Health and wellness

Just Posted

FILE – Perry Bellegarde, National Chief of the Assembly of First Nations, takes part in an event on Parliament Hill in Ottawa on Tuesday, July 7, 2020. THE CANADIAN PRESS/Sean Kilpatrick
Indigenous Peoples Day must be a ‘call to action’, says Assembly of First Nations chief

Discovery of children at Kamloops residential school site must lead to change, Perry Bellegarde says

Jack Sutter’s show Shapes in Metal is currently on display in one of the side 
galleries at the Revelstoke Visual Arts Centre. (Contributed)
Art for everyone: Variety of artists currently at Revelstoke gallery show

See water colours, photographs and metal sculptures until June 25

The CP station at Glacier was built in 1916. It is located at the western end of the Connaught Tunnel in Glacier National Park. This photo was taken in mid-June, 2021. (Contributed)
LETTER: Historic but not preserved

Submit letters to the editor to jocelyn.doll@revelstokereview.com

Tania McCabe is the city’s director of finance. (File photo)
What’s going on with my property taxes? Q&A with Tania McCabe

Deadline to pay property taxes in Revelstoke is July 2 this year

This undated file photo provided by Ernie Carswell & Partners shows the home featured in the opening and closing scenes of The Brady Bunch in Los Angeles. Do you know the occupation of Mike Brady, the father in this show about a blended family? (Anthony Barcelo/Ernie Carswell & Partners via AP, File)
QUIZ: A celebration of dad on Father’s Day

How much do you know about famous fathers?

Marco Mendicino, Minister of Immigration, Refugees and Citizenship during a press conference in Ottawa on Thursday, May 13, 2021. THE CANADIAN PRESS/Sean Kilpatrick
Canada to welcome 45,000 refugees this year, says immigration minister

Canada plans to increase persons admitted from 23,500 to 45,000 and expedite permanent residency applications

Tokyo 2020 President Seiko Hashimoto and IOC President Thomas Bach, on a screen, speak during a five=party online meeting at Harumi Island Triton Square Tower Y in Tokyo Monday, June 21, 2021. The Tokyo Olympics will allow some local fans to attend when the games open in just over a month, Tokyo organizing committee officials and the IOC said on Monday. (Rodrigo Reyes Marin/Pool Photo via AP)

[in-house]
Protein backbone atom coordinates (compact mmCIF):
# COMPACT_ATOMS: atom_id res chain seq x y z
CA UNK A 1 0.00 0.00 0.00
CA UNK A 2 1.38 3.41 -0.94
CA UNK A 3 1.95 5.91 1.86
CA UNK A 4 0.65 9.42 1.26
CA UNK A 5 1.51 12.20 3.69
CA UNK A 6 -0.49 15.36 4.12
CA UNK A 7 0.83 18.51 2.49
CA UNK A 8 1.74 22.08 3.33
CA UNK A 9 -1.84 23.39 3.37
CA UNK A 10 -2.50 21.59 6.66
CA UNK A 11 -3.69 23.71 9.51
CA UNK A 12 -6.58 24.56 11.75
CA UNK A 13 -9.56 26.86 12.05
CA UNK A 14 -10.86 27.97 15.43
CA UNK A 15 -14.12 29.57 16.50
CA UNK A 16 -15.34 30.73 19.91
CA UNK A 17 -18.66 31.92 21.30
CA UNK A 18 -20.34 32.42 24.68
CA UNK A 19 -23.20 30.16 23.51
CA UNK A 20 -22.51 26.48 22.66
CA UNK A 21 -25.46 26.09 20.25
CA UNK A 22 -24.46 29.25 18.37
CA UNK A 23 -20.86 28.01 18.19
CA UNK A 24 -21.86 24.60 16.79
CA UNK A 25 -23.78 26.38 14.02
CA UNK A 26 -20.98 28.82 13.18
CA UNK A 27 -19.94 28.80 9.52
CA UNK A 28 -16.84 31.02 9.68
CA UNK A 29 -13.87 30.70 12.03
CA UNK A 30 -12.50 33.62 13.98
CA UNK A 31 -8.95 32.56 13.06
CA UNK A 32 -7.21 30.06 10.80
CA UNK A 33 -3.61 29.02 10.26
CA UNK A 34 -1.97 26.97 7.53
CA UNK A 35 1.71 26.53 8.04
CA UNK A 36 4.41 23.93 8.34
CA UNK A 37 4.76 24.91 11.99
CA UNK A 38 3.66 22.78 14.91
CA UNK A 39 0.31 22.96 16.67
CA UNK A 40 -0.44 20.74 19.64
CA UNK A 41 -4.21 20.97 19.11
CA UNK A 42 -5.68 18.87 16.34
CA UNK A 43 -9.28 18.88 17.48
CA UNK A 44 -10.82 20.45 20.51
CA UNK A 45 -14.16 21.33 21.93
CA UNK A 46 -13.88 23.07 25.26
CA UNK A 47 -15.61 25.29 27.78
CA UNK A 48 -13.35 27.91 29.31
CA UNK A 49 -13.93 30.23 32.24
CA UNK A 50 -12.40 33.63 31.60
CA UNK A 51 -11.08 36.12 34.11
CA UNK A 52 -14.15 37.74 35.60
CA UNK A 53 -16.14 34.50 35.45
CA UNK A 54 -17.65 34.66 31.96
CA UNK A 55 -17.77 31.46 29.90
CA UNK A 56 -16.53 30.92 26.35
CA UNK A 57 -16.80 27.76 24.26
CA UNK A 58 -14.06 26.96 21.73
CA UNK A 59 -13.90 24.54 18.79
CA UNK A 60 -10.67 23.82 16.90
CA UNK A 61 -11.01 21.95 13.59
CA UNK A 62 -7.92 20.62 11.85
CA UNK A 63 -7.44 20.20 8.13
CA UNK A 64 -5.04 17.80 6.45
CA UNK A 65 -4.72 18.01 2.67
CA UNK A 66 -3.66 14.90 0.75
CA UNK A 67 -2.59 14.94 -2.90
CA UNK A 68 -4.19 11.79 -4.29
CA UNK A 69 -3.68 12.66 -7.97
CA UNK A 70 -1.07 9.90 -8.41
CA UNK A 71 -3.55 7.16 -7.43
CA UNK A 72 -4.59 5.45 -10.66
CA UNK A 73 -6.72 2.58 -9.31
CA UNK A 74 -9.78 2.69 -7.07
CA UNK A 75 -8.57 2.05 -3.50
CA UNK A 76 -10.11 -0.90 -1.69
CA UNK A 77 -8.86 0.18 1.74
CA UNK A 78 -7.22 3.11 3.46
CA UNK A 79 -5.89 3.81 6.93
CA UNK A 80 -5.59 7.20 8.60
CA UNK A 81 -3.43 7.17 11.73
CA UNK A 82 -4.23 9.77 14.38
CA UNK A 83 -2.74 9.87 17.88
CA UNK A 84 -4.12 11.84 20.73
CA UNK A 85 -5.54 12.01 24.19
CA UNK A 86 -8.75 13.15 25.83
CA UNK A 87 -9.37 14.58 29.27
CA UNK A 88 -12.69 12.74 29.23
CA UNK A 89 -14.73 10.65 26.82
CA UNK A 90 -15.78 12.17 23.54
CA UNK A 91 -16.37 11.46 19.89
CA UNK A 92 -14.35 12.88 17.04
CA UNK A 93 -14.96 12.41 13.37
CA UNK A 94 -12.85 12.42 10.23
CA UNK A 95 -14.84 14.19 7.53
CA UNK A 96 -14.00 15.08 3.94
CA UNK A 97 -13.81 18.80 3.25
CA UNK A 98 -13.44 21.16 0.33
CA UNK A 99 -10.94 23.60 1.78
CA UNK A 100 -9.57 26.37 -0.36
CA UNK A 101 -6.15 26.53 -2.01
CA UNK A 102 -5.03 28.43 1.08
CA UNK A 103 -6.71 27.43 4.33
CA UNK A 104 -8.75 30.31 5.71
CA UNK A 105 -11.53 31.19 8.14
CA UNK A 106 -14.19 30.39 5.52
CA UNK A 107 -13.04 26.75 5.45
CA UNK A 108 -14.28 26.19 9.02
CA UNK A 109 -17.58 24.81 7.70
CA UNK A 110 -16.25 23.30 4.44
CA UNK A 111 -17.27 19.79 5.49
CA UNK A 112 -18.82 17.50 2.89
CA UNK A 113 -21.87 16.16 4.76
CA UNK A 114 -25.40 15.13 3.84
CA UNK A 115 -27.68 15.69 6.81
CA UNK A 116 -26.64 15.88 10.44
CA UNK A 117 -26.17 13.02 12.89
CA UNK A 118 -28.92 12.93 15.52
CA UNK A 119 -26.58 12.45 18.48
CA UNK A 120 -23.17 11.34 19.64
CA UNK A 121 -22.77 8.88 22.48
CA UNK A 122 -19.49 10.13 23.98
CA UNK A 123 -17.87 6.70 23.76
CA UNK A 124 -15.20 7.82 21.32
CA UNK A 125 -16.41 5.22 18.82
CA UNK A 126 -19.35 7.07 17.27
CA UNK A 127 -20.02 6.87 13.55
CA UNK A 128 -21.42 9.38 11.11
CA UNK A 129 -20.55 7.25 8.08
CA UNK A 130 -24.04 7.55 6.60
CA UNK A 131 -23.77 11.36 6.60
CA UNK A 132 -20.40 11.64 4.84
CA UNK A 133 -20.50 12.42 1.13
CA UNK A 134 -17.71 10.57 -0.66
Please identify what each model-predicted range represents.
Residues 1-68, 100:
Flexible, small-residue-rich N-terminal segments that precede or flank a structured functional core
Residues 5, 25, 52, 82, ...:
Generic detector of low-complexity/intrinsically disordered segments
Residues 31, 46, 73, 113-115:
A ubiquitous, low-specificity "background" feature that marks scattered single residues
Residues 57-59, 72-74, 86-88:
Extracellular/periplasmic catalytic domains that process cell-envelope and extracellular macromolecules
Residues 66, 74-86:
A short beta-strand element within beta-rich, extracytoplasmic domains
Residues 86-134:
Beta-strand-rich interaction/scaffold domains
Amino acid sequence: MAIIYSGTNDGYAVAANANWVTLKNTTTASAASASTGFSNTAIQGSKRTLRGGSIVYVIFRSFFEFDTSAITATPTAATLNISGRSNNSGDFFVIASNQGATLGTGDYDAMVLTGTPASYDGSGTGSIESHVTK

Tokyo Olympics to allow Japanese fans only, with strict limits

Organizers set a limit of 50% capacity — up to a maximum of 10,000 fans

The border crossing into the United States is seen during the COVID-19 pandemic in Lacolle, Que. on February 12, 2021. THE CANADIAN PRESS/Paul Chiasson
Border quarantine to soon lift for fully vaccinated Canadians

Eligible travellers must still take multiple COVID-19 tests

The Pierre family, an Indigenous family, once lived in what is now downtown Summerland. Today, Pierre Drive is named in honour of the family. (Photo courtesy of the Summerland Museum)
Pierre family played role in Summerland’s history

Downtown Summerland was once Penticton Indian Reserve #3

Join Black Press Media and Do Some Good
Join Black Press Media and Do Some Good

Pay it Forward program supports local businesses in their community giving

A portion of the George Road wildfire burns near Lytton, B.C. in this Friday, June 18, 2021 handout photo. THE CANADIAN PRESS/HO, BC Wildfire Service *MANDATORY CREDIT*
Blaze near Lytton spread across steep terrain, says BC Wildfire Service

Fire began Wednesday and is suspected to be human-caused, but remains under investigation

Jaimee Peters photo of a Willow Midwives helping with a birth. Willow closed its doors March 31 because of a shortage of midwives. (Contributed)
South Okanagan’s only midwifery to re-open this summer

Willow Community Midwives was forced to close because of a shortage of midwives

Blair Lebsack, owner of RGE RD restaurant, poses for a portrait in the dining room, in Edmonton, Friday, June 18, 2021. Canadian restaurants are having to find ways to deal with the rising cost of food. THE CANADIAN PRESS/Jason Franson
Canadian restaurateurs grapple with rising food costs, menu prices expected to rise

Restaurants are a low margin industry, so there’s not a lot of room to work in additional costs

Most Read